Mathematical Methods Lecture 21 of 34

November 15, 2011 by K.S. Narain

K.S. Narain , ICTP

This lesson focused on how to calculate the Fourier series for different examples and to demonstrate that the last theorem of the previous lesson holds. The first example was already considered in the previous lesson but this time for the solution it was used the trick involving the Residue theorem, explained in the last part of the previous lesson, to solve it. A second example considered was the calculus of the Fourier series for the function f(?)=abs(?) once more time the trick was used to recover the initial function.

In the second part of the lesson the Fourier series were extended to the Fourier transform but just doing a change of variables on ? that was not rigorous but it gave an idea of the relation between them. Then the Fourier transform was enounced and the condition, that the absolute value of the function has to be integrable, discussed. The Fourier inversion theorem was also studied. Then some examples were considered and the Fourier transform obtained, it was also shown that its reproduces all the values of the initial function. The first example was a continuous function and everything was well behaved, then in the last example a discontinuous function was considered.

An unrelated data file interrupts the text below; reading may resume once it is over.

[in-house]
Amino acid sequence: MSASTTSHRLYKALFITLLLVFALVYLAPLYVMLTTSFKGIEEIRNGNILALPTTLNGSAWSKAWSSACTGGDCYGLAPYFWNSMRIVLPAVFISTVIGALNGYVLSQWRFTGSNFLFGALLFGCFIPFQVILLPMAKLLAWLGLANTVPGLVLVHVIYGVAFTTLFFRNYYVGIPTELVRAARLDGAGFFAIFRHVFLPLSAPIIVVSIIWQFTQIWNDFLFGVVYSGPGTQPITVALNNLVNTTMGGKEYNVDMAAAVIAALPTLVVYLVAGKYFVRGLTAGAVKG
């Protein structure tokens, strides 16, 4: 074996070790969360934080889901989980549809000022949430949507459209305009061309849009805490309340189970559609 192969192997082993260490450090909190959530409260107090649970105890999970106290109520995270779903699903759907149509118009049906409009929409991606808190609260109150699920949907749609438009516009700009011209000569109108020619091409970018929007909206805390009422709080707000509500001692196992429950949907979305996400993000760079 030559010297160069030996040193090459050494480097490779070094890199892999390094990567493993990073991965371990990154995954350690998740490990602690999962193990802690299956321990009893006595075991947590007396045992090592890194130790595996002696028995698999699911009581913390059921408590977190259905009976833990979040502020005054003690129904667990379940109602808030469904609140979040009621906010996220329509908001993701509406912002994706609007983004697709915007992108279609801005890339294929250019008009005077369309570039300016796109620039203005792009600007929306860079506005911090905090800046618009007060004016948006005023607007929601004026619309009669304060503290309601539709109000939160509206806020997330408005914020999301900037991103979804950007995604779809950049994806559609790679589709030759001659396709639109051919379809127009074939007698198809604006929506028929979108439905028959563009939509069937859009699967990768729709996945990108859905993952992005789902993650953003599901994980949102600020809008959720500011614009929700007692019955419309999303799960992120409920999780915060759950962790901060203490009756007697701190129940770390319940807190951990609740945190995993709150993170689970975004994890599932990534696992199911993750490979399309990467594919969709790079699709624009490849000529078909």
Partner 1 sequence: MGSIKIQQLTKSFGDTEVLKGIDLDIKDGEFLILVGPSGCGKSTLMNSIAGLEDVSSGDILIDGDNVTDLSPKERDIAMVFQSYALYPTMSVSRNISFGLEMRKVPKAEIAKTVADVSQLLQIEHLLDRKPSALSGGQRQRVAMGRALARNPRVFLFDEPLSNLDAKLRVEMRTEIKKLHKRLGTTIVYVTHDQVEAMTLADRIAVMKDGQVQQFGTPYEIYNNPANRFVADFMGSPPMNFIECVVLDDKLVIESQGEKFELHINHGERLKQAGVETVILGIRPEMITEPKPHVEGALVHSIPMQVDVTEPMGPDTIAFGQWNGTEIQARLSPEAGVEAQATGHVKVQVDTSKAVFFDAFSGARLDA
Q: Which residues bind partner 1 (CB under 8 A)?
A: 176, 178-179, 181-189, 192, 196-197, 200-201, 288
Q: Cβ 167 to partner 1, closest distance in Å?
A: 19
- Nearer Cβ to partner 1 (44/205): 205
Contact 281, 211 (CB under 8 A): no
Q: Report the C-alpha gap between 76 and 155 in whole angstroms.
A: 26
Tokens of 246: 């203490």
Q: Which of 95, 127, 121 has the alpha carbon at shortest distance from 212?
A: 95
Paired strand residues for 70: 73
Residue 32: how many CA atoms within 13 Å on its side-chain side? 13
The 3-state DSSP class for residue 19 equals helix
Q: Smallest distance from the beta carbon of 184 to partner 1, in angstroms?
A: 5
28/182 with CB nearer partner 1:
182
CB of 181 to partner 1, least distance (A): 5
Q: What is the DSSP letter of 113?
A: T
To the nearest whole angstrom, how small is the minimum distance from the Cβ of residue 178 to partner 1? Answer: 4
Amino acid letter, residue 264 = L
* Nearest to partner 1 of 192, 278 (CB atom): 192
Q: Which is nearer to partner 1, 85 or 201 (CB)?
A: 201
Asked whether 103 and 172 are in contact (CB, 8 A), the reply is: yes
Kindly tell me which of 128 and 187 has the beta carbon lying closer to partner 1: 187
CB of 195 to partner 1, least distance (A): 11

Mathematics for Physicists (Text Book from Google e-books preview)

Written by<span class="addmd"> Philippe Dennery,Andre Krzywicki, Chapter 1, 2, 3 and 4

Take some function that satisfy the conditions of the second theorem of lesson 20, write the Fourier series for it and then show that the theorem is satisfied.

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